A total of 350 writings is a lot to examine but is it, in the current phrase, "fit for purpose"? As a sample of millions of individuals, 350 cannot be called anything other than minute. (This is even more of a problem when Griffin writes about women: She has only a dozen or so female autobiographies to draw on.) Moreover the representativeness of the sample is in grave doubt, as the author herself repeatedly acknowledges. People who commit their story to paper are not typical in any age, and they are more likely to be marked by steep changes in their lives. (Between a third and a half of the individuals examined here rose above their initial status.) They concentrate heavily on their early years, and select, or select out, parts of their experience. They are "hard to categorise," Griffin admits, and deciding how common their work experience proved "is simply impossible." Differences in the agricultural economy over time and space "are hardly visible in the autobiographical material." How long and hard parents thought their children should work is "impossible to establish." Individuals who wrote about their sex lives are extremely rare and their evidence cannot be used to measure illicit activity "in any meaningful way." And relating the proportion of writers who engaged in social or political affairs to the whole working class "is of course impossible."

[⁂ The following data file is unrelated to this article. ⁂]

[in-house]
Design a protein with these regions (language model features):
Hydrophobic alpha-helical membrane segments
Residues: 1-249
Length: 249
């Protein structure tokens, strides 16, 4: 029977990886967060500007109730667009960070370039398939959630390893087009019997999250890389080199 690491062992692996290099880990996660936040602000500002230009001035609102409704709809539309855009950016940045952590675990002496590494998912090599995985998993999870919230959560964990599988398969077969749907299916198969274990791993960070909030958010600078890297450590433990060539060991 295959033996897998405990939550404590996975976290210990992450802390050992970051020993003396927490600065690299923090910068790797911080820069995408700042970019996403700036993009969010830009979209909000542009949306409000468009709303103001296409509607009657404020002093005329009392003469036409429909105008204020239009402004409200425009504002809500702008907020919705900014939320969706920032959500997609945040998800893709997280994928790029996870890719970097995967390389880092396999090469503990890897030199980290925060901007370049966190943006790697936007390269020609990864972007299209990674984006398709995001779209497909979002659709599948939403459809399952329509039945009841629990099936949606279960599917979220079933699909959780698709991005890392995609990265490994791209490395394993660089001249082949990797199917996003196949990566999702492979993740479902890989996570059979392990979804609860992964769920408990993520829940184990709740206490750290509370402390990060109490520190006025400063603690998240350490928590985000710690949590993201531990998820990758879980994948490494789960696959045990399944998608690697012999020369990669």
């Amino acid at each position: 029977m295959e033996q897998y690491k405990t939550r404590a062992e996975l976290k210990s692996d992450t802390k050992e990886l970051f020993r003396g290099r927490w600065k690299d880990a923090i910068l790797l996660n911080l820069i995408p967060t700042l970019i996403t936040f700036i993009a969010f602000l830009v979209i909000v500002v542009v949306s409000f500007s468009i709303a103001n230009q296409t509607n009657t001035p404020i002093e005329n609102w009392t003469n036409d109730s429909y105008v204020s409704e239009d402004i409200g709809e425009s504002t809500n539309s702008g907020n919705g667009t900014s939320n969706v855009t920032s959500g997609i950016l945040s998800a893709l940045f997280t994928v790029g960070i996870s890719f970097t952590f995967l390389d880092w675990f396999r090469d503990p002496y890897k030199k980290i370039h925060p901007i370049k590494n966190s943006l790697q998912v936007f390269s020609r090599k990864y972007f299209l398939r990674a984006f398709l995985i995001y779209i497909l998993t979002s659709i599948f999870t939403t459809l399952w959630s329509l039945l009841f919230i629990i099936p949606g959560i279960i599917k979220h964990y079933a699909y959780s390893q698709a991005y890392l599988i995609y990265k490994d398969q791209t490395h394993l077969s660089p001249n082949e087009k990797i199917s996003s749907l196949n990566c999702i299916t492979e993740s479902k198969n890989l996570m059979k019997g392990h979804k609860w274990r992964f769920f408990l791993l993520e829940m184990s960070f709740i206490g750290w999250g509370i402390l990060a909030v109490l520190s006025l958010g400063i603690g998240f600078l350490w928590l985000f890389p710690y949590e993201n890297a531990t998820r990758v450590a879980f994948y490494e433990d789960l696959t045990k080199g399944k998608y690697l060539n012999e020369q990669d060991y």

Faced with the fragility of autobiographical sources, Griffin makes the best of a bad situation. The stories, she argues, do indicate certain trends over time. The most noteworthy of these is that job opportunities expanded during the two generations following 1790 and, with a better chance of finding another position after being fired, the poor were therefore emboldened to engage in education and activism of various types. Sunday schools and improvement societies figured prominently. People felt themselves more in control of their lives—and bodies. They tended to move away from the Anglican church and its reinforcement of an unjust social order, instead embracing the Nonconformist chapels. More jobs and the parallel ladder of achievement through positions of a little authority in the chapels expanded men's horizons. Women, however, had fewer opportunities than men and in any case motherhood, or large families, led them to quit paid work.